(Last Updated on : 01/09/2016)
Architecture of Shalimar Gardens
covers three terraces of the garden, which are elaborate and the designs are similar to the Persian Gardens, which are the epitome of Mughal and Turk architecture.
Terraces of Shalimar Gardens
The first terrace is a public garden or the outer garden ending in the Diwan-e-Aam
(public audience hall). In this hall, a small black marble throne was installed over the waterfall. The second terrace garden along the axial canal, slightly broader, has two shallow terraces. The Diwan-e-Khas (the Hall of Private Audience), which was accessible only to the noblemen or guests of the court, now derelict, is in its centre. However, the carved stone bases and a fine platform surrounded by fountains are still seen. The royal bathrooms are located on the north-west boundary of this enclosure. The fountain pools of the Diwan-e-Khas
, the Diwan-e-Aam, and in turn, the Zenana terrace are supplied in succession. It has 410 fountains. In the third terrace, the axial water channel flows through the Zenana garden, which is flanked by the Diwan-e-Khas and chinar trees. At the entrance to this terrace, there are two small pavilions or guard rooms (built in Kashmir style on stone plinth) that is the restricted and controlled entry zone of the royal harem. Shahajahan built a baradari of black marble, called the Black Pavilion in the zenana garden.
Fountains of Shalimar Gardens
Shalimar Gardens is encircled by a fountain pool that receives its supply from a higher terrace. A double cascade falls against a low wall carved with small niches (chini khanas), behind the pavilion. Two smaller, secondary water canals lead from the Black Pavilion to a small baradari. Above the third level, two octagonal pavilions define the end wall of the garden. The baradari has a lovely backdrop of the Snow Mountains, which is considered a befitting setting for the Bagh.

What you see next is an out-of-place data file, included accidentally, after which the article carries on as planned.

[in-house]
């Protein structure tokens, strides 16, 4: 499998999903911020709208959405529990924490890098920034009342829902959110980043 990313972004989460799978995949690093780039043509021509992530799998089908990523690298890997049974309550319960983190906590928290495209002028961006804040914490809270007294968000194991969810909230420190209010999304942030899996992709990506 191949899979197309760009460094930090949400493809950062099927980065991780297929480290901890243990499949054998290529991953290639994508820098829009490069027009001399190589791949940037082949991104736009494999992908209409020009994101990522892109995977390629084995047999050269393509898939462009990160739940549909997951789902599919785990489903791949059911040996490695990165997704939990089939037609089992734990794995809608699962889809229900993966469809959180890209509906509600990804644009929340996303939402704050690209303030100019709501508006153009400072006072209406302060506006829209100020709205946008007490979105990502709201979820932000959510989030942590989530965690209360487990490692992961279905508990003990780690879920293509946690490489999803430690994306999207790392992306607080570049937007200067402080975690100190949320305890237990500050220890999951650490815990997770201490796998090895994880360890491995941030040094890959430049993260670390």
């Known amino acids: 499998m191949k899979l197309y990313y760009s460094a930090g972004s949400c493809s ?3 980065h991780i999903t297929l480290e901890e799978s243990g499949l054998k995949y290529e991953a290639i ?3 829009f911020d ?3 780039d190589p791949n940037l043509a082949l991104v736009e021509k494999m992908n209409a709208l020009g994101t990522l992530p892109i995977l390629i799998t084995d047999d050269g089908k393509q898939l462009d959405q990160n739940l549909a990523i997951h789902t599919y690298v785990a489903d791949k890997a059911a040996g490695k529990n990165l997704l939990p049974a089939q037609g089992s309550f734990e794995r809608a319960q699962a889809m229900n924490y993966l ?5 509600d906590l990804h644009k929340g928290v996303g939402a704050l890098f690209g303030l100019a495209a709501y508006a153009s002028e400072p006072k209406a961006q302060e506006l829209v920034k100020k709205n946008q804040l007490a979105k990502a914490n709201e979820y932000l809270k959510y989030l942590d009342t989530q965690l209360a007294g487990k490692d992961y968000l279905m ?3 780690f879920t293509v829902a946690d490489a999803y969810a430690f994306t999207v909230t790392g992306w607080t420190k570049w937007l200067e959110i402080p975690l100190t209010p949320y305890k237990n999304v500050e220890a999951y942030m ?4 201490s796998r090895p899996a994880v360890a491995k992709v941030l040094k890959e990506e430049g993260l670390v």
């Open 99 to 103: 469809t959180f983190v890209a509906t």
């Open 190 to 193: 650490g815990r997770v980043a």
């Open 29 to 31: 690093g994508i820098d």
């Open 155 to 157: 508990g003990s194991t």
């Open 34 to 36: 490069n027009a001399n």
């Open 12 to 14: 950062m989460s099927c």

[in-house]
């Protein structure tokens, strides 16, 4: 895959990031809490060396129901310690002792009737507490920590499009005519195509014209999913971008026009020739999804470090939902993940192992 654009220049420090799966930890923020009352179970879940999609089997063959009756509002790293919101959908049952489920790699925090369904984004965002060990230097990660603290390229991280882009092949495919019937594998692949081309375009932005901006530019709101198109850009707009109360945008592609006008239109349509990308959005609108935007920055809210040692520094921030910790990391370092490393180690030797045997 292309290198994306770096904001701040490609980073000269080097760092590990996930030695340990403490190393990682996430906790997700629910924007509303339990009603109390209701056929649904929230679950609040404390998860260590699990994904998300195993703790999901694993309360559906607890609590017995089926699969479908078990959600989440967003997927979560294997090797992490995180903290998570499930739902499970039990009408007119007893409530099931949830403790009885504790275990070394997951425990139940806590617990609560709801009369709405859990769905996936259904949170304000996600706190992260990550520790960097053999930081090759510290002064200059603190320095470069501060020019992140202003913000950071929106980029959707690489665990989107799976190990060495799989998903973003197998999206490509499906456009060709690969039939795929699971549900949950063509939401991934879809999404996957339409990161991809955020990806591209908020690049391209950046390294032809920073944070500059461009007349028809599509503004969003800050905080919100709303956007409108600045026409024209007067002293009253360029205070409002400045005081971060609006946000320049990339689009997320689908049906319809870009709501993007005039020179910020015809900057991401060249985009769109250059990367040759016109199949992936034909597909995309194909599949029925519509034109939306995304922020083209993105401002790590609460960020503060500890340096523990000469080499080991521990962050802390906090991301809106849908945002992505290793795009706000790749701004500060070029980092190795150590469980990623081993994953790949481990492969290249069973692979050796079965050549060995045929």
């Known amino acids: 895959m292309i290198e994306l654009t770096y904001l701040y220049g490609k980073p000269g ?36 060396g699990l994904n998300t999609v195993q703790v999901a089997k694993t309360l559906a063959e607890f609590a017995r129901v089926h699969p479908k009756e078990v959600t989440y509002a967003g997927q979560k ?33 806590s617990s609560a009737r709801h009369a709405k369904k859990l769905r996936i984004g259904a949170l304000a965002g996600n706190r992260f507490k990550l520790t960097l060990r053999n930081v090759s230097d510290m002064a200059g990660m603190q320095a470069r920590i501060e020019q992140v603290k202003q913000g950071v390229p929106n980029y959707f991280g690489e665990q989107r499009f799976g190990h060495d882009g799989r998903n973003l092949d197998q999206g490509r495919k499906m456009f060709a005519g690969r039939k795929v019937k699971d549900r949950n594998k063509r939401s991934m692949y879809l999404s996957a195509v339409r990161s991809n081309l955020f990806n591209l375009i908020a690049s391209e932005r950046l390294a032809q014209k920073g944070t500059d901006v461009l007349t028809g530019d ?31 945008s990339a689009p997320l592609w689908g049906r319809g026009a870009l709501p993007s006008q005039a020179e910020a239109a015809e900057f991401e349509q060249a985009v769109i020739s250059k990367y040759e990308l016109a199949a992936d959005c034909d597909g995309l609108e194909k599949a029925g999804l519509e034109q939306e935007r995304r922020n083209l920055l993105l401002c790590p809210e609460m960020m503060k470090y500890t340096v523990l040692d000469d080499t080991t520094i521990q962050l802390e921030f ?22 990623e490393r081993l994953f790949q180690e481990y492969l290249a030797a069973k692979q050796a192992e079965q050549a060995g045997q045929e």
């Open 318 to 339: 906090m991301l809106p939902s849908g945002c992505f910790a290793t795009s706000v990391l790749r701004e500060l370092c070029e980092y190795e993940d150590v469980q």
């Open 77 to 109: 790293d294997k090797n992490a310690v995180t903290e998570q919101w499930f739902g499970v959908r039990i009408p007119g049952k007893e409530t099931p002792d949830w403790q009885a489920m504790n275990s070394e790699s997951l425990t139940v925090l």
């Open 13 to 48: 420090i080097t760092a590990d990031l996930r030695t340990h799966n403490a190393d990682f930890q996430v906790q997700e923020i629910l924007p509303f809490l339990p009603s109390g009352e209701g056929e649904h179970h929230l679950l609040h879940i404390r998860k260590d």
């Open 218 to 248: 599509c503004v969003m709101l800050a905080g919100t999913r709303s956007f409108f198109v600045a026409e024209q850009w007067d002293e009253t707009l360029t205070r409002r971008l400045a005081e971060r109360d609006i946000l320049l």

Chini Khanas of Shalimar Gardens
Shalimar Gardens is well known for chini khanas, or arched niches, behind garden waterfalls. They are a unique feature in the gardens. These niches were lighted at night with oil lamps, which gave a fairy tale appearance to the water falls. However, now the niches hold flower pots that reflect their colours behind the cascading water.
Baradari of Shalimar Gardens
There is another unusual architectural feature mentioned is about the doors of the Baradari. In the garden complex, the Baradari of Shalimar Gardens had four exquisite doors made of stones supported by pillars. It is conjectured that these stone doors were ruins from old temples that were demolished by Mughal Emperor Shah Jahan
. The garden also provided large water troughs where a variety of fountains were fixed.
Medieval History of India
Gardens in Mughal Architecture